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Building self-confidence and self-esteem in mentees

Self-confidence; a feeling of trust in your own abilities and judgement. Self esteem; knowing and believing your worth. These two important qualities aren’t high in foster children on account of their harsh backgrounds, but there are ways to get them back on the right track.

 

Enrol in extra-curriculars

Martial arts classes are an excellent way for kids to develop self-esteem, as well as confidence in their abilities. Taekwondo, jiu-jitsu, karate, aikido; all of these and more demand discipline and respect.

For decades, martial arts have been used as a tool to help keep kids off the street. They teach them not only to respect their elders, but to have patience and to socialise with other children. Going up the ranks in martial arts boosts kid’s self-esteem because if they can tackle challenges in the dojo, they can also handle those in the outside world.

White belt this year can lead to a 3rd dan black belt 15 years later

Nurture their talents

Despite their objections, foster kids do have talents. They might write poems or songs, play an instrument, play chess, or write code.

Encourage them to do what they love. You can see the sparkle in their eyes when they talk about drawing comics or how they went at footy practice. It’s not ethical for mentors to buy gifts for their mentees. But encourage them to save some money for what they want or find a way for them to feel more confident showing their talent. Point out competitions, hobby groups, or  events they can participate in.

 

Make them feel safe

Foster kids come from unfortunate backgrounds. They have witnessed things children never should. Violence, drugs, and abuse are just some of the situations they’ve escaped from. They deserve to feel safe and pursue their dreams.

Boosting the self-esteem of foster children

How Pyjama Angels Help Develop Foster Kids’ Life Skills

Boosting the self-esteem of foster children

Self-esteem is difficult for foster children to understand, let alone see in themselves. Even adults struggle with it from time to time. But that doesn’t mean self-esteem is impossible to find, even in bleak situations.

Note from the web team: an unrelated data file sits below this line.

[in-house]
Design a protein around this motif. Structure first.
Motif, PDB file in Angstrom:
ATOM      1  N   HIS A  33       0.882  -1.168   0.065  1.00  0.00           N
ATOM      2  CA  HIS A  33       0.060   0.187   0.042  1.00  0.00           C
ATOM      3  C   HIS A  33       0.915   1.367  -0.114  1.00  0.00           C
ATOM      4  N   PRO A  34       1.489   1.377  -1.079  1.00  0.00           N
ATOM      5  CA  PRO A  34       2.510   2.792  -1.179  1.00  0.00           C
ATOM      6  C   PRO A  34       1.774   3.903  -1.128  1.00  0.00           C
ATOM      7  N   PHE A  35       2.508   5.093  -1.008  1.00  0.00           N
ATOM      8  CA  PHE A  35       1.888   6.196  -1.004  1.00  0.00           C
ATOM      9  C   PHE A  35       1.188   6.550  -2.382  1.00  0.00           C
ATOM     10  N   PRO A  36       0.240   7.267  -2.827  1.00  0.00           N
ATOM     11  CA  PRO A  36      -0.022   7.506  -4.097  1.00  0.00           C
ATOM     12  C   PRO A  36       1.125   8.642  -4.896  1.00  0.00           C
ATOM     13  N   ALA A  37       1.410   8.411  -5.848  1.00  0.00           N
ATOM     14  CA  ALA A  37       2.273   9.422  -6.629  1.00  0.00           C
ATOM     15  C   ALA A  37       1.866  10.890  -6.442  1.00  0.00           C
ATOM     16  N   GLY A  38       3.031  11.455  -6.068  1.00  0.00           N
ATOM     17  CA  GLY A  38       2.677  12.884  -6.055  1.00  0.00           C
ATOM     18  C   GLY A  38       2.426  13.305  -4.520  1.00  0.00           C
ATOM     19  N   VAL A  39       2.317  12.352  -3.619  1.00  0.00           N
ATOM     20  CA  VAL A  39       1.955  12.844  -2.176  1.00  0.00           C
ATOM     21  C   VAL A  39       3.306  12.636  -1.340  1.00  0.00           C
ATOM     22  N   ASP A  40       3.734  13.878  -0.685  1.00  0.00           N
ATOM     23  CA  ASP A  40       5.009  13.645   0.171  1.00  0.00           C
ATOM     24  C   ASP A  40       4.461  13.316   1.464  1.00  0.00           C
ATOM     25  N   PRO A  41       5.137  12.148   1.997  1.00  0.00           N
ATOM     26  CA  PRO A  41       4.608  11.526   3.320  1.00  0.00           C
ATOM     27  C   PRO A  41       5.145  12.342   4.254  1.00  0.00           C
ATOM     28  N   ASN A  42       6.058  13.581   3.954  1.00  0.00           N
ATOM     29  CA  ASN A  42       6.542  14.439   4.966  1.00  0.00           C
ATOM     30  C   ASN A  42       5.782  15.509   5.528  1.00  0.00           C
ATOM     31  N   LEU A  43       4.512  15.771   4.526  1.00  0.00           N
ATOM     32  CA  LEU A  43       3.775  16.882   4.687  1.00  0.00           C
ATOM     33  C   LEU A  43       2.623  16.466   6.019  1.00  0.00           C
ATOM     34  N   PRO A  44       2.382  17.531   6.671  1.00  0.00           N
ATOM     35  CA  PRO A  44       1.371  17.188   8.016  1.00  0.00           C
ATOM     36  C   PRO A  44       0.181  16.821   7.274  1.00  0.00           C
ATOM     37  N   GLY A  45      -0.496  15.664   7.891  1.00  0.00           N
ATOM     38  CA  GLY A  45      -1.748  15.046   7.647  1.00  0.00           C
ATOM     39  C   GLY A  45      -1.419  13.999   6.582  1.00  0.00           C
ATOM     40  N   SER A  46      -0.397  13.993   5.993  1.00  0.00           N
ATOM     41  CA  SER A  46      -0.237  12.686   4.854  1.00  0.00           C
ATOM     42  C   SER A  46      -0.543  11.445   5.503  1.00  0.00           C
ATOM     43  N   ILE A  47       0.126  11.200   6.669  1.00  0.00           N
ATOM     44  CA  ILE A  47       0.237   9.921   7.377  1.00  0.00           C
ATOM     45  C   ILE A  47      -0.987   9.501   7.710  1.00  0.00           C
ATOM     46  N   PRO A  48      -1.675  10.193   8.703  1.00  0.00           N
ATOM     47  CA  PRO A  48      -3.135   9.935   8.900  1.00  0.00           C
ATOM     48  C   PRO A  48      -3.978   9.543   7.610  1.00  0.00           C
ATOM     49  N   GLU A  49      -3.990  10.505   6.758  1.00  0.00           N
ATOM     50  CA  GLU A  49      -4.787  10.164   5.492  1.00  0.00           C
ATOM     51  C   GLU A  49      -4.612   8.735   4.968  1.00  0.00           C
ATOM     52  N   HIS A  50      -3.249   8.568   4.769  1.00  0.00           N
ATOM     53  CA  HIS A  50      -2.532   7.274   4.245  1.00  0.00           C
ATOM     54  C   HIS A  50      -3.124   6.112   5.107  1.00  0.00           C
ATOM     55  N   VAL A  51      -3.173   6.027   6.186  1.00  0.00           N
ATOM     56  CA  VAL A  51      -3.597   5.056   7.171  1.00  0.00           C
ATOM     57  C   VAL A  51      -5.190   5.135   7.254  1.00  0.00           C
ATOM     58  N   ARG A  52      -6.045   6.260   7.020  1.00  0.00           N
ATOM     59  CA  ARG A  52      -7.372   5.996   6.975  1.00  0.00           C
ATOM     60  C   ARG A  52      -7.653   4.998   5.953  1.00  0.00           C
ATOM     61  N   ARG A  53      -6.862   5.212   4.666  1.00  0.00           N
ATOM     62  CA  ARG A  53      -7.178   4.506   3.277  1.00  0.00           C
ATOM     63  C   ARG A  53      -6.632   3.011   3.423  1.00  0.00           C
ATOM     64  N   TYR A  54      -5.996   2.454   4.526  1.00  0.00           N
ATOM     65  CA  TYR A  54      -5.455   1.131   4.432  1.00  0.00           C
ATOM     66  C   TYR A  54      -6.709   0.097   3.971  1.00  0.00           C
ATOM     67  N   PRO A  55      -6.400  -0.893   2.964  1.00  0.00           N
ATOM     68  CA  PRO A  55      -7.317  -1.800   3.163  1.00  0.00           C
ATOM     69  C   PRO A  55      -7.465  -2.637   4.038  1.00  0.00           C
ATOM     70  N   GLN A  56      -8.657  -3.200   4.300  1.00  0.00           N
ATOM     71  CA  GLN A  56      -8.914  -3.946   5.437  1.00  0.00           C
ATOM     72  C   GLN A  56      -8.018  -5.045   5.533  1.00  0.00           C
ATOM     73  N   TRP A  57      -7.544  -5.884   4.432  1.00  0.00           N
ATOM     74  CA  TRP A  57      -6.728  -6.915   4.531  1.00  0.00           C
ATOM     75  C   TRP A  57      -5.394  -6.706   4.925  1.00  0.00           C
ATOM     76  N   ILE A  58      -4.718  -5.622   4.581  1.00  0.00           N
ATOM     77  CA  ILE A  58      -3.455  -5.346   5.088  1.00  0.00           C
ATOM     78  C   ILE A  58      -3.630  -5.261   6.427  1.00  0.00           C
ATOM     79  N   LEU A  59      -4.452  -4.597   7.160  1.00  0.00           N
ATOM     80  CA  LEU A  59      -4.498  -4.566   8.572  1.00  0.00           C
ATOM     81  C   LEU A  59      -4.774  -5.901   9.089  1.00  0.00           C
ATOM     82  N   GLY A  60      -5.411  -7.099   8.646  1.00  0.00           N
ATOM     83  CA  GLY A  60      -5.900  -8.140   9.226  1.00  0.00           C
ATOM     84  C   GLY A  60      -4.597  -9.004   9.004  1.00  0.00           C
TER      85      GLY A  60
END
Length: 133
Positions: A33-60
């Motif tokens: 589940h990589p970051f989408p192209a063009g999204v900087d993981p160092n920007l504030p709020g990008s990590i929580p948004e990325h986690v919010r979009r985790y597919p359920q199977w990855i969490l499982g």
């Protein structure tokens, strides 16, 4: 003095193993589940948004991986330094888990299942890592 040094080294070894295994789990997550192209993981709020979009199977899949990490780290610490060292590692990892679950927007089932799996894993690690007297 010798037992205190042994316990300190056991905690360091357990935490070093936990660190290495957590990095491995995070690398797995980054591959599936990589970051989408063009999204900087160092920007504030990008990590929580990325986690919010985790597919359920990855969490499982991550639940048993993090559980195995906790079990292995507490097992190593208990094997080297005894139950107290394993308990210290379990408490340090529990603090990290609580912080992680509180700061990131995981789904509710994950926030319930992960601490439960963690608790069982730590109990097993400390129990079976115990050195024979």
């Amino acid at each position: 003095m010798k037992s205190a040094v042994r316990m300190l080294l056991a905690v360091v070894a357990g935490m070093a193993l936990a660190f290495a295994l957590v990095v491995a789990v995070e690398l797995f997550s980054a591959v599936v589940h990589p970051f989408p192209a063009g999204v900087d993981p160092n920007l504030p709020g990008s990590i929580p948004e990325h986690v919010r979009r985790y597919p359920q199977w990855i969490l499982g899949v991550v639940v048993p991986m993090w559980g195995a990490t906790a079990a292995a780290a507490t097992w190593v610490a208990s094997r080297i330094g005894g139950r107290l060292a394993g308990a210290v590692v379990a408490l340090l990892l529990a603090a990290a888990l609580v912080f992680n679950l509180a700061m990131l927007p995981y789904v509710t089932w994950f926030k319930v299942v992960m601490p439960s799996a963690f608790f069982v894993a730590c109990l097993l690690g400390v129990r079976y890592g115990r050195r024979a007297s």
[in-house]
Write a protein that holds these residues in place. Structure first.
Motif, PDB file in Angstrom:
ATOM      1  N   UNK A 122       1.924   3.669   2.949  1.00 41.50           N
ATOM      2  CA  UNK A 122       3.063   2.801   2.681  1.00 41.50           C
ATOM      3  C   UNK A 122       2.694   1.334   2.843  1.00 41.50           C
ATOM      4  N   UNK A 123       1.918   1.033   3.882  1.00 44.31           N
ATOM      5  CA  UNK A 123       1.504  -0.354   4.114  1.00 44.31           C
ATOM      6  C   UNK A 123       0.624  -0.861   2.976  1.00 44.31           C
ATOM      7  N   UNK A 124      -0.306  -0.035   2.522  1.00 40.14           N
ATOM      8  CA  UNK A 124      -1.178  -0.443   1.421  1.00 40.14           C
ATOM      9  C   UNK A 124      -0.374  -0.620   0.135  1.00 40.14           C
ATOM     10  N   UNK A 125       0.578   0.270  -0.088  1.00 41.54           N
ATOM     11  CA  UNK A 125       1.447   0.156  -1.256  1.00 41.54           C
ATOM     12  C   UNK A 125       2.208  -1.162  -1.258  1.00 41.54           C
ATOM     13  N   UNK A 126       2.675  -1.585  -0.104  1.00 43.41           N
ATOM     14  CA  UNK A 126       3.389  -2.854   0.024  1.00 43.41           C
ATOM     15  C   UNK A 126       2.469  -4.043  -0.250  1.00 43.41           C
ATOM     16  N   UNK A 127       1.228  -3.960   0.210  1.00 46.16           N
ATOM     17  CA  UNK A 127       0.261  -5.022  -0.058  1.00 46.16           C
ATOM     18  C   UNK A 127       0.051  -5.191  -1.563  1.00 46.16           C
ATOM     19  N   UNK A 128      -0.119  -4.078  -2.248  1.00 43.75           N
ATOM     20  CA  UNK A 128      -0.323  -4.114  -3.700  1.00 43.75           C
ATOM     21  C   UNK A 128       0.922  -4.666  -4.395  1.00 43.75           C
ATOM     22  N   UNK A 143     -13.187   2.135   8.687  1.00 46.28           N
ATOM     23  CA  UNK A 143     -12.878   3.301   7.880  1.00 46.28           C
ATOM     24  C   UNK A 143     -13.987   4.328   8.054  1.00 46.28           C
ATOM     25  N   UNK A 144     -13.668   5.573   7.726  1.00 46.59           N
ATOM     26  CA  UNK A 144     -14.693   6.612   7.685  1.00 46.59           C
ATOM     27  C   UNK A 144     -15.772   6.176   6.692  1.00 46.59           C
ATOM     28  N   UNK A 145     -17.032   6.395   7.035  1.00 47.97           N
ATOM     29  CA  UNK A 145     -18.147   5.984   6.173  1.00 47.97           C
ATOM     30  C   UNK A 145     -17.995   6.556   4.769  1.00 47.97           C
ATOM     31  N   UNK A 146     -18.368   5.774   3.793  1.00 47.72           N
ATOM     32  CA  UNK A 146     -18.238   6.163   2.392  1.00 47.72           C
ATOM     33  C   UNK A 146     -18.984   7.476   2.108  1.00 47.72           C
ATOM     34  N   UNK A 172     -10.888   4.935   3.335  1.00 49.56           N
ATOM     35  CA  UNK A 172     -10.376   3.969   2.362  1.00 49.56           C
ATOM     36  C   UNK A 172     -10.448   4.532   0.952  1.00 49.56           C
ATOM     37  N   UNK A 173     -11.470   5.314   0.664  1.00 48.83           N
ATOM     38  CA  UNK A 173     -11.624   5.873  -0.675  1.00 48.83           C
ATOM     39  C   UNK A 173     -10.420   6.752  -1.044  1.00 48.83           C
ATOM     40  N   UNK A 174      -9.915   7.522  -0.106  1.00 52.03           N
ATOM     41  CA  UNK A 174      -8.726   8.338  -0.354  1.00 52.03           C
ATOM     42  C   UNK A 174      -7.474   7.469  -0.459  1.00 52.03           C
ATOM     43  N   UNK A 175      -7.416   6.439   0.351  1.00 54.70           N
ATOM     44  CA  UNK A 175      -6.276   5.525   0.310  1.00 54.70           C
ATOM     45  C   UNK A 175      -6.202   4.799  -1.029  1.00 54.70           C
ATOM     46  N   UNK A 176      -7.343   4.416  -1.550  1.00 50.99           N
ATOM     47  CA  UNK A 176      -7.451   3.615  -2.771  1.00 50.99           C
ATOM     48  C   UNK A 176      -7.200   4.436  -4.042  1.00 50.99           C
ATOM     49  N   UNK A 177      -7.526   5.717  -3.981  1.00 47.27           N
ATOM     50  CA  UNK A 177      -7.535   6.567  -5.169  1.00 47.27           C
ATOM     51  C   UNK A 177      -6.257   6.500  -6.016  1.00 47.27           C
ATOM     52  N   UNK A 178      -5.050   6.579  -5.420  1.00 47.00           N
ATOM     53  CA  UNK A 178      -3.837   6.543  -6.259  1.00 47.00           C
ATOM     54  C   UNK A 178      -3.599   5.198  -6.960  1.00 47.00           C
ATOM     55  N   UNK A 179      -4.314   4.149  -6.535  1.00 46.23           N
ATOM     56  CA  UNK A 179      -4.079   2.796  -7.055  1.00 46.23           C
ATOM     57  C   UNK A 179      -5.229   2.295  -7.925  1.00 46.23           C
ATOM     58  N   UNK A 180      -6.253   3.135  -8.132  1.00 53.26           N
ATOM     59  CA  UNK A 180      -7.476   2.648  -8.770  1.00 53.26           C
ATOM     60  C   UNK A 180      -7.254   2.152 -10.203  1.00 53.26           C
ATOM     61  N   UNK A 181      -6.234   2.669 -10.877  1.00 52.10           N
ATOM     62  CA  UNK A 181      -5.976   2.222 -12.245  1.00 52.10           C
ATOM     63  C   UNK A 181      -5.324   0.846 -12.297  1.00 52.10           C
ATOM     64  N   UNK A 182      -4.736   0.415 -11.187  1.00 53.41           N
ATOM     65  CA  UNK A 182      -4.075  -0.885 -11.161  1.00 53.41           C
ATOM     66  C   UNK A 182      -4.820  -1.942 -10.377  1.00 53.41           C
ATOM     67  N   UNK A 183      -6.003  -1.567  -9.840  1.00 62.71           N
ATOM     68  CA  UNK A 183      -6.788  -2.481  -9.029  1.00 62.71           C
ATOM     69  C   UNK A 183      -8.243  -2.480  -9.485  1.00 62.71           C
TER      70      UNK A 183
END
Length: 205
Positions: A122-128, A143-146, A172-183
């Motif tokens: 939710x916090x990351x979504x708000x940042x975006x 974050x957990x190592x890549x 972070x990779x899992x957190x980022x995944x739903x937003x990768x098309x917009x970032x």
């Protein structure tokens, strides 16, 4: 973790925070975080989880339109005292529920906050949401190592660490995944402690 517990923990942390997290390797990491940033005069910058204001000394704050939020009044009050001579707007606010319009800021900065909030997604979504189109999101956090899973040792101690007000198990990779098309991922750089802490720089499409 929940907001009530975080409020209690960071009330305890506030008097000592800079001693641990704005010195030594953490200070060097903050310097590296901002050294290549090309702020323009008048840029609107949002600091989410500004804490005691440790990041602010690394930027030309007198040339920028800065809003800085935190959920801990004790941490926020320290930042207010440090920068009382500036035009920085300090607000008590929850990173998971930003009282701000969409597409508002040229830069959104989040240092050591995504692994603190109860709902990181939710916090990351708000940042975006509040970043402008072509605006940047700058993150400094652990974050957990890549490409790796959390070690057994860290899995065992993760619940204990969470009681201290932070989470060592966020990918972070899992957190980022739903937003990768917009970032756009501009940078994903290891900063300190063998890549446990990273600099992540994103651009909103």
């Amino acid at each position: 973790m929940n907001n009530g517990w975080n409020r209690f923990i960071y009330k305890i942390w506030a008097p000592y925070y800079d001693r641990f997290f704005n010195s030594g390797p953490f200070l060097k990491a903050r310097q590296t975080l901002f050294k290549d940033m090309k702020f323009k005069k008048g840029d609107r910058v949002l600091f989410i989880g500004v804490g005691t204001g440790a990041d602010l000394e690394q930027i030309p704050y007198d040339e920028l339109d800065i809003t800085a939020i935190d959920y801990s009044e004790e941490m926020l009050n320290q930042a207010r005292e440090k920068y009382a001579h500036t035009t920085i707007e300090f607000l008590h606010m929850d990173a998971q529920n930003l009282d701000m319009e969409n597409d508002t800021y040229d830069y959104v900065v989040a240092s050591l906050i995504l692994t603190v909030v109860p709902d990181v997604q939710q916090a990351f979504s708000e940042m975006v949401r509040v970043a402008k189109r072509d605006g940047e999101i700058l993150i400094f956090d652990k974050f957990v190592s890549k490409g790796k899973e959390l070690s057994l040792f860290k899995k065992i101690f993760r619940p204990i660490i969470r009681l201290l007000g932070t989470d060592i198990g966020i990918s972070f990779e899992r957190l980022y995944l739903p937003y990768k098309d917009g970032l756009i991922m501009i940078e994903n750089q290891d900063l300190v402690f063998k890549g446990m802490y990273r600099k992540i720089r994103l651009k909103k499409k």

It starts with you
As a mentor, your own self-esteem is an example for your charge. How do you feel about yourself? How do you see yourself? Are you proud of your achievements and how you live your life? Because it’s absolutely fine if you are. There’s nothing wrong with having a healthy level of confidence and pride within yourself.

Ask them what they’re good at, and do it
Foster kids might say they aren’t good at anything and that simply isn’t true. Use this tactic instead;

What are you good at? turns into What do you enjoy?

If someone enjoys writing, they create great stories. If a person enjoys drawing or painting, they create nice artwork. Now a creative area, like art or writing, might not be your charge’s idea of enjoyment. But they could enjoy reading, playing games or sports. These can be implemented in one way or another during your time with them.

Give praise – within reason
Excessive praise does more harm than good. Children at the receiving end of constant praise from parents or other mature figures will crumble at criticism for others. This knocks down their self-esteem and can be hard to recover.

There is one way to give realistic praise, and we go further into that with the next point.

Help them set goals
Realistic ones where they will earn praise. You’ll work out goals within the first few visits. The Love of Learning Program emphasizes education; set up goals by term or by year. An easy one is reading; read X amount of books by the end of the year, for example.

Boosting the self-esteem of foster kids isn’t an uphill battle. That mindset makes things harder. It’s a matter of finding out what they enjoy, using it during your visits and watching them make progress. Their self-confidence and happiness will grow, slowly and surely.